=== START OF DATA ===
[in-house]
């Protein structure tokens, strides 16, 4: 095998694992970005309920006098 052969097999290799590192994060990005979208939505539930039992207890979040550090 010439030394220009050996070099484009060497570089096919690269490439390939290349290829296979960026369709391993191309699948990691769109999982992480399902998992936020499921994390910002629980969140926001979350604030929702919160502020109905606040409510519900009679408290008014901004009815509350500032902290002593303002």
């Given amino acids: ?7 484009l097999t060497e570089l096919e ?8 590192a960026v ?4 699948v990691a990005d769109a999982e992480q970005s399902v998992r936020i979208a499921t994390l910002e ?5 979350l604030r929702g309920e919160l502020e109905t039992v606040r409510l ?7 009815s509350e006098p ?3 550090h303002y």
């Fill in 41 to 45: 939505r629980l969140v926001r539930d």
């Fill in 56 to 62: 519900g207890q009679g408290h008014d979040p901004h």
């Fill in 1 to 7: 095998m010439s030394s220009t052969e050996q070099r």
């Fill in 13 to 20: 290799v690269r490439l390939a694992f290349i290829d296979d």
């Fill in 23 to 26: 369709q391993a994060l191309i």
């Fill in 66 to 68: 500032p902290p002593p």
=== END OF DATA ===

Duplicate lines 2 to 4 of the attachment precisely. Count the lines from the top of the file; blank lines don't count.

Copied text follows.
């Protein structure tokens, strides 16, 4: 095998694992970005309920006098 052969097999290799590192994060990005979208939505539930039992207890979040550090 010439030394220009050996070099484009060497570089096919690269490439390939290349290829296979960026369709391993191309699948990691769109999982992480399902998992936020499921994390910002629980969140926001979350604030929702919160502020109905606040409510519900009679408290008014901004009815509350500032902290002593303002």
């Given amino acids: ?7 484009l097999t060497e570089l096919e ?8 590192a960026v ?4 699948v990691a990005d769109a999982e992480q970005s399902v998992r936020i979208a499921t994390l910002e ?5 979350l604030r929702g309920e919160l502020e109905t039992v606040r409510l ?7 009815s509350e006098p ?3 550090h303002y």
């Fill in 41 to 45: 939505r629980l969140v926001r539930d």